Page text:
All this said, I think that my original thoughts on material issues are wrong. (I seem to be on a roll lately.)


For the first two pics I tried to match the different projects up to see if they were in same location but I really couldn’t tell.

The issue with the third pic is different than the first two. The two pieces are supposed to be straight edges where I butted them together but they dip inward for about half an inch. When I looked at my designs in carveco I noticed they always dip inward right at the start nodes

I’ll be out in the shop in a bit to finish up and see if my tightening/loosening/fiddeing did anything.

@Swinly @gwilki @Bill

I agree with you on the lines. But those gantry checks are quick and a sloppy X gantry might contribute the last problem (third picture) Lonnie was asking about.

Assuming the pictures with lines were raster cut top to bottom, or vice versa, I don’t know how you go from correct cut height to wrong cut height and then back to correct height with a mechanical issue.

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@paullarson Tks, Paul.

@Swinly @paullarson @Bill Lonnie: Speaking only to the third pic, if you are saying that, even in the preview in Carveco, you see that the edges are not straight, that is simply weird. :grinning: If you can export a .dxf file and post it, we can all look at it to see if there is anything in the file.

If I am misunderstanding and it’s just the cuts that are off, I’m with Paul on the ramping technique. I use it pretty much all the time, but especially with thin bits. If your software accommodates ramps, they may well solve your problem. They really help with bit deflection issues.

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Yeah, it’s just off on the cuts. I’ll start looking at the ramping feature. It mainly stands out when doing a profie cut.

I watched the video on Vwheel tuning yesterday before fiddling with it and I am pretty sure my wheels were on too tight so loosened them a bit. The backlash things, well, I have no clue what I’m doing with them. Can those be in too much? I did find through my checking that I can lift the lead screw on the Z-axis ever so slightly.

Just tighten the anti-backlash nuts until you take the associated slop out. You can tighten too much which would make it hard for the stepper to turn the leadscrew.

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@paullarson @Swinly Kelly suggests that the ridges could be caused by the Z gantry being bottomed out during the cut. How is your router mounted, Lonnie? Is it high or low in the clamp. If it is high, you may want to lower it and try the project again.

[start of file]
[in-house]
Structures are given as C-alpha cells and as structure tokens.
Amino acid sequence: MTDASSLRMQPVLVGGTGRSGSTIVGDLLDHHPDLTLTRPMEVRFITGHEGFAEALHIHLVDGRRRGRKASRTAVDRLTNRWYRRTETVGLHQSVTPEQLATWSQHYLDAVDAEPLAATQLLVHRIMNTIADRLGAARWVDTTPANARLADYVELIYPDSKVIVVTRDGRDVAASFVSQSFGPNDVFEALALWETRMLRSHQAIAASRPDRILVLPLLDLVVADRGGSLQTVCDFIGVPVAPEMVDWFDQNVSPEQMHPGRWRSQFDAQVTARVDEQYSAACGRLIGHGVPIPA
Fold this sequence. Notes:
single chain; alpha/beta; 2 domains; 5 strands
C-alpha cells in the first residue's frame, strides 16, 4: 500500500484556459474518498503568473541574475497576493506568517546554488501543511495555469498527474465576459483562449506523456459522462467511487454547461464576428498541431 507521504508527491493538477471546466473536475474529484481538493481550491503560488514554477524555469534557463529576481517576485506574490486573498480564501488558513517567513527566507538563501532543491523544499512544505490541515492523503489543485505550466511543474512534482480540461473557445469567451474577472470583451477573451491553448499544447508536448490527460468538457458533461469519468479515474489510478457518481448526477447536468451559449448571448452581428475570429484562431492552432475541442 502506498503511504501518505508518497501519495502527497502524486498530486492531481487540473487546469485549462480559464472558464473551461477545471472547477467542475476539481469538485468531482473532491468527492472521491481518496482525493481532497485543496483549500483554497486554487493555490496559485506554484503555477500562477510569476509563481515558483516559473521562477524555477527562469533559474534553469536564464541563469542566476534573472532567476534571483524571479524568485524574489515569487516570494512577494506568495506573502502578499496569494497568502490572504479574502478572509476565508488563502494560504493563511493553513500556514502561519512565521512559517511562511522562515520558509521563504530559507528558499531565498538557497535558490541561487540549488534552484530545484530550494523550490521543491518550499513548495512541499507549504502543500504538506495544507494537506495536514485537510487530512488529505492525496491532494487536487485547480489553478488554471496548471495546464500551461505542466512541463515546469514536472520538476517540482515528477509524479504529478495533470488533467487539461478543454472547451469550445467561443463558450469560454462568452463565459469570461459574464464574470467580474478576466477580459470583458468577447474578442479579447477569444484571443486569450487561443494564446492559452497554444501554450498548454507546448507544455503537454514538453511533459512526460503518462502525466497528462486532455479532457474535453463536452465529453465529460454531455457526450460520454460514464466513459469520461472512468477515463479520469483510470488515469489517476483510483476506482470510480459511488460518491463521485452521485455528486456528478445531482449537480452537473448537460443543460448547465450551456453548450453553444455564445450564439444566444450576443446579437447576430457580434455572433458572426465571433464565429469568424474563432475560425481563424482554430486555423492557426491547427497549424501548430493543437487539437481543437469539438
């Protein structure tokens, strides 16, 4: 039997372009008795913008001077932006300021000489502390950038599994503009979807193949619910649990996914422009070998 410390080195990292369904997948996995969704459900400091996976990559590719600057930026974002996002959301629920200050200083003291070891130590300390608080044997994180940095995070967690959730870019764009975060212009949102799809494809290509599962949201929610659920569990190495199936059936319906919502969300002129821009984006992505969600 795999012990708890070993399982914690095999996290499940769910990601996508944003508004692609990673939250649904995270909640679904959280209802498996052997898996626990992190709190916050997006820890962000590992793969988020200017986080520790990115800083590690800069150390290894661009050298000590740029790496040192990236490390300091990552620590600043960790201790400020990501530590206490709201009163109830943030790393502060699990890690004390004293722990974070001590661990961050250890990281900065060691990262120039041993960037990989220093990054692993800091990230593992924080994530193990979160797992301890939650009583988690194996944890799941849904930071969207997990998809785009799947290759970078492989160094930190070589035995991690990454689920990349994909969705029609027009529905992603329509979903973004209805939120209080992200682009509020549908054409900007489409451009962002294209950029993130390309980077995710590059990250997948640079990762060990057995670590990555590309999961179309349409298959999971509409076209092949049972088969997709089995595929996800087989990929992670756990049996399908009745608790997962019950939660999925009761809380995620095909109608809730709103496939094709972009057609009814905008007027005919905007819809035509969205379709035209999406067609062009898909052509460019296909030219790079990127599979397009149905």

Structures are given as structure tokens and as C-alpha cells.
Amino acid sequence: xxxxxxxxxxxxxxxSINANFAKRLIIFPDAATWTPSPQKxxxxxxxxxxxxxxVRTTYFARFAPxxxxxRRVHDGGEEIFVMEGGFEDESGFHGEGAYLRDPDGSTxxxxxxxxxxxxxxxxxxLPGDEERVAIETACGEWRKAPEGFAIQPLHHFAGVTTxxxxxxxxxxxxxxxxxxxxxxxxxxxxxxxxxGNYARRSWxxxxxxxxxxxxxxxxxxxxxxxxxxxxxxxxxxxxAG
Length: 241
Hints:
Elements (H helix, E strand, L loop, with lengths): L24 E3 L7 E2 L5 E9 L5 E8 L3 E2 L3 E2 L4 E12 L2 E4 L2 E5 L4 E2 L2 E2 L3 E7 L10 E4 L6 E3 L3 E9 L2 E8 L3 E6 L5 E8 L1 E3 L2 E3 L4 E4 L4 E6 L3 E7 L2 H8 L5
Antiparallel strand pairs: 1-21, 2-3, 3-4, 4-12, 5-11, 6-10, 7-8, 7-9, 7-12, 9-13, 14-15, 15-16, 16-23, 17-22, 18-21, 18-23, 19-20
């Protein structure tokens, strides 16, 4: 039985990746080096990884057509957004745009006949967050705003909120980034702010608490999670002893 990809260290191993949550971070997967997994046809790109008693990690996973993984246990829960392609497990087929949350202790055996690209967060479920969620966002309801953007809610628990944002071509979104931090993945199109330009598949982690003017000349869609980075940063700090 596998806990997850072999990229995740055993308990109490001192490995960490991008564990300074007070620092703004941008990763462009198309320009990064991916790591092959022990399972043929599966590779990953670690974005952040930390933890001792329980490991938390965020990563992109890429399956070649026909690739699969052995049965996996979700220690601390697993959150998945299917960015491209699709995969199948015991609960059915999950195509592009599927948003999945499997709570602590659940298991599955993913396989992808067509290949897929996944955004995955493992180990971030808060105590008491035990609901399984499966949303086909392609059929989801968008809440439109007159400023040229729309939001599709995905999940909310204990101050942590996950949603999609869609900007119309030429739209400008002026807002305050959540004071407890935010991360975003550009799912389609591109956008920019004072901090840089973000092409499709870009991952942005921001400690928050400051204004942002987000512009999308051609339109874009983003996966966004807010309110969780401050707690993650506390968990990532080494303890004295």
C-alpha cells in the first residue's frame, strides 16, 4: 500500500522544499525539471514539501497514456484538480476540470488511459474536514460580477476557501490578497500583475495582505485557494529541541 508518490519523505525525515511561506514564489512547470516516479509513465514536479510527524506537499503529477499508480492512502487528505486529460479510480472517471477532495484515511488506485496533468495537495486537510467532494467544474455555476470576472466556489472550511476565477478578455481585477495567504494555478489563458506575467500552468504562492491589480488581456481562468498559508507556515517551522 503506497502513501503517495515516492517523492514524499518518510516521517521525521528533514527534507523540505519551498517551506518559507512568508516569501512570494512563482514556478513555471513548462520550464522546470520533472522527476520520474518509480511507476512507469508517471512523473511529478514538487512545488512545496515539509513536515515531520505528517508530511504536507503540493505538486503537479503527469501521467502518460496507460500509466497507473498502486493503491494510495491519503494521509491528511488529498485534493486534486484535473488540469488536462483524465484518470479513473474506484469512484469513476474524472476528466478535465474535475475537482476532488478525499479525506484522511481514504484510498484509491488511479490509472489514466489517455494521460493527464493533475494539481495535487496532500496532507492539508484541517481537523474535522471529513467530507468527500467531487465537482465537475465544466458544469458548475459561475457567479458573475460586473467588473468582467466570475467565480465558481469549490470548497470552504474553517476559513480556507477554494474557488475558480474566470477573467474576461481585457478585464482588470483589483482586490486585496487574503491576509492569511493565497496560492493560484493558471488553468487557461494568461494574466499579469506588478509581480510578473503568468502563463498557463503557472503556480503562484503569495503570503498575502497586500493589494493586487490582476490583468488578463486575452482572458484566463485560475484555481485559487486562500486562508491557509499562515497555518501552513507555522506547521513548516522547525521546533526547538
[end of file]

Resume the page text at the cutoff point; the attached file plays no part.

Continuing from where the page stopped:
That said, I must admit that I am completely baffled by how, if the Z gantry is bottoming, the cut can continue after the ridges and be fine. However, I bow to the greater experience of Chris and Kelly in situations such as yours.

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@gwilki @Swinly
I had the same thought, but it could only be the case if the Z gantry bottomed out (or the bit shifted up in the collet) and those raised lines were the only cuts made afterwards, which seems unlikely. Once the Z axis is off it’s not going going to correct without manual intervention.

@gwilki @paullarson @Bill @others

Okay, I have another carve going now. Just started the finishing tool path so it will be a while before we know if there are any ridges going across.

I do have the router all the way in the holder. I did fix the play on the Z lead screw, tightened/loosened the v-wheels, and tightened the anti-backlash bolts.

As I was adjusting and cleaning I saw that the M5(?) bolt on the anti-backlash hits the locking nut on the top of the Z lead screw. That might be what created the little bit of play I had there. Is it normal for that M5(?) bolt to top out and hit or should it be tightened far enough into the anti-backlash things, so if it does top out those two will not be hitting each other?

If you are unsure what I’m referring to I’ll post a picture in a few.

@Swinly I would like to see a pic, Lonnie. That said, there is no way that the anti-backlash adjusting screw should be hitting anything.

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When this carve is finished I’ll post the pics. I do remember when I was assembling the long mill that was one area I was not confident in.

I finished my last carve and all the ridges are there…grrrr… pic below plus the pic about the anti-backlash bolt hitting the nut.

all four hit the gantries. The X Z and two Ys